Best known as a contributor to "The Daily Show with Jon Stewart," Aasif Mandvi usually reports satirical news pertaining to the Middle East – under the title "senior Muslim correspondent" or even "senior foreign-looking correspondent."
Mandvi was born in Mumbai, moved to England a year later and then to Florida as a teenager. He's written a collection of personal essays called "No Land's Man" that explore his cross-cultural identity and acting career.
Mandvi describes the journey to his birthplace:
There’s this little children’s theater where I first discovered my bug and penchant and proclivity for performing and acting. I went back after all these years and the place had burned down. The book, you know, is called "No Land’s Man" and I keep searching for a home and ultimately realize that the metaphor of the open field is really the home that I've been searching for.
On working for "The Daily Show":
"The Daily Show" has put me in front of millions of people. It has allowed me to speak into the zeitgeist in a way that very few other jobs could have. There’s very little downside to being on "The Daily Show." It’s been a great opportunity for me.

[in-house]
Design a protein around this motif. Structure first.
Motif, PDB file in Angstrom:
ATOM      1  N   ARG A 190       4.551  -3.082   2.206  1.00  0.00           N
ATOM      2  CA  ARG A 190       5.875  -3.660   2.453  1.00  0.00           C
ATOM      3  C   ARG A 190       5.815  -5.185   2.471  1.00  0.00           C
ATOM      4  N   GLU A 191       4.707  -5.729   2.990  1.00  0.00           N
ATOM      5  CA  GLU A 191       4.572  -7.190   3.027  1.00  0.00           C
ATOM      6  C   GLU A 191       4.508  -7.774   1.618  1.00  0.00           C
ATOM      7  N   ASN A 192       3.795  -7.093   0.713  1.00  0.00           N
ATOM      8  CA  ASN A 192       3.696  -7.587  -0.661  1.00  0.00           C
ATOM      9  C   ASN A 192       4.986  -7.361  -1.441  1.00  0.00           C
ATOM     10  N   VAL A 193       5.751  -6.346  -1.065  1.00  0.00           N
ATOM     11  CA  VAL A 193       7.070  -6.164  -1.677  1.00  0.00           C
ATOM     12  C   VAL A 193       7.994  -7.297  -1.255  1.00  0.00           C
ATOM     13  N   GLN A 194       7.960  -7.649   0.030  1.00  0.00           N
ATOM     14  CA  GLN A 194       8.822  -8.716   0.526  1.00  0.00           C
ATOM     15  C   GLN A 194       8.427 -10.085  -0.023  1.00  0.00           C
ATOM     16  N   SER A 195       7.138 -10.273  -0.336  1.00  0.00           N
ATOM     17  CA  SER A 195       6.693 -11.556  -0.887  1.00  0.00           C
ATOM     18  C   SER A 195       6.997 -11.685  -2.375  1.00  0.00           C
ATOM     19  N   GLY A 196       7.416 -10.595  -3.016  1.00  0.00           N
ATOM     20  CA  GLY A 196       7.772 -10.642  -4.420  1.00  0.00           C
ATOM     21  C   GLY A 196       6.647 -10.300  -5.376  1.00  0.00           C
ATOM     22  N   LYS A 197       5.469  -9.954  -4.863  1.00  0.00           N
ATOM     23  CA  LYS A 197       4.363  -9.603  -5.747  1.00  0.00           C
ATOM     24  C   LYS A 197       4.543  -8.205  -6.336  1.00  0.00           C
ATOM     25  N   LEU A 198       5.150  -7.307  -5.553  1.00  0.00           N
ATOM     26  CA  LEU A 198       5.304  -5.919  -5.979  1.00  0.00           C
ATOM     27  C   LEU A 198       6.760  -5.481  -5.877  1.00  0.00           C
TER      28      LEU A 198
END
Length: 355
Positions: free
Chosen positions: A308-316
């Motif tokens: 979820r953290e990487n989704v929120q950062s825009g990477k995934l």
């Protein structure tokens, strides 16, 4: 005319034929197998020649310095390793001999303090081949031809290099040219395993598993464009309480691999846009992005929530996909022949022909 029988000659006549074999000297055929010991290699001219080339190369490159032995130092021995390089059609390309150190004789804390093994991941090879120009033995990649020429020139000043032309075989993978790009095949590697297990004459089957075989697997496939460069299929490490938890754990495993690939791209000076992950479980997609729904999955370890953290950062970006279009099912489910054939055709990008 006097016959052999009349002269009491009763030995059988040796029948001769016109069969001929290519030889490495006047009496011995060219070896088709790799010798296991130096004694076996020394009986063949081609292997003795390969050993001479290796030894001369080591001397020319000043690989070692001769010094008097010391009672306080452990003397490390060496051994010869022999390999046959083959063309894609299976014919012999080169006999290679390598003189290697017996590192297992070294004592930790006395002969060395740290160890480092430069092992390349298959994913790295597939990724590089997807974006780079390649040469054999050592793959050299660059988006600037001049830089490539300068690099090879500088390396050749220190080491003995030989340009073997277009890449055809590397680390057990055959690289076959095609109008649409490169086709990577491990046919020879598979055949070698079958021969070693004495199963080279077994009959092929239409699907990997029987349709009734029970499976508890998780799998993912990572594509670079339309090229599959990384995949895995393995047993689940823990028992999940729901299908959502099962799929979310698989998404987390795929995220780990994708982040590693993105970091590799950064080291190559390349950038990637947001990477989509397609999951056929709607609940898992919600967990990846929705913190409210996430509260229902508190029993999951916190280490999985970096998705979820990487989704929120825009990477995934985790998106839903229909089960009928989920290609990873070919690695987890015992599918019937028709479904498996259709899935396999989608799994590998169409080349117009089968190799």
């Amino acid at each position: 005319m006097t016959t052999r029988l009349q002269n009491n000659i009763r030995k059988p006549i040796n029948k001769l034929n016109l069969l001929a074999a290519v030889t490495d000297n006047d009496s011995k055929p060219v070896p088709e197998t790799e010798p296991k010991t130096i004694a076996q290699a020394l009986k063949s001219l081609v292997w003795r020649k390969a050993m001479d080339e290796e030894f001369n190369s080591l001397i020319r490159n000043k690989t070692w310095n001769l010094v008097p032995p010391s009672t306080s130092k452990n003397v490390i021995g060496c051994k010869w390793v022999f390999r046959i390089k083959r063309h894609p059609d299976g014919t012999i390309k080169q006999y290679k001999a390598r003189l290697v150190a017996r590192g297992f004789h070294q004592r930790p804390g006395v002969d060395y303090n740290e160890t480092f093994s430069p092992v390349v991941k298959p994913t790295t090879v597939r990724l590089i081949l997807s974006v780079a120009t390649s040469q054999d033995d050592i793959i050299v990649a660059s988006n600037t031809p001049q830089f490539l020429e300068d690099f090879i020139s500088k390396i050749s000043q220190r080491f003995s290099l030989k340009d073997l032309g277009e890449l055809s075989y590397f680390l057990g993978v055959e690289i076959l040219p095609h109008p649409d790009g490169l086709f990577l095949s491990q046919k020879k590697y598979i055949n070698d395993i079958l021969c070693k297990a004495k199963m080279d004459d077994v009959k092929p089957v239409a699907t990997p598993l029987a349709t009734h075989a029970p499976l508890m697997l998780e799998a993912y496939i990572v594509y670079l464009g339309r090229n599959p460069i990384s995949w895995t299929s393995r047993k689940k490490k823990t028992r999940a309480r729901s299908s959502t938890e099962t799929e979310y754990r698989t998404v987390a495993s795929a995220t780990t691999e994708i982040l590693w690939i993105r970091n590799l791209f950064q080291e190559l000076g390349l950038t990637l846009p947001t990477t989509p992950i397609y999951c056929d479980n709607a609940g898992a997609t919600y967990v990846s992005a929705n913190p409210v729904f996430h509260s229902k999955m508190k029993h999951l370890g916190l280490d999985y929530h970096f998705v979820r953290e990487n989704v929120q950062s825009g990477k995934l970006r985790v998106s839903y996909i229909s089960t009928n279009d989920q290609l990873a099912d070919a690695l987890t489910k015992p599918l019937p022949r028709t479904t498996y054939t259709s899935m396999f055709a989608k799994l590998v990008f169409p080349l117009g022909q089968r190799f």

I don’t think of myself as a comedian. I think of myself as an actor who does comedy. Even on "The Daily Show," I feel like that person that I play is a character who happens to have my name but he also has a team of very funny Ivy League-educated Jewish comedy writers that go around with him wherever he goes.
On using his cultural identity as a drive for creative work:
What is it to be a South Asian American man? That question is constantly in my work and will continue to be and actually becomes my source of power now.
Breaking with other major pro sports leagues, Adam Silver says the world is changing and that Congress should allow sports betting that is legal and regulated.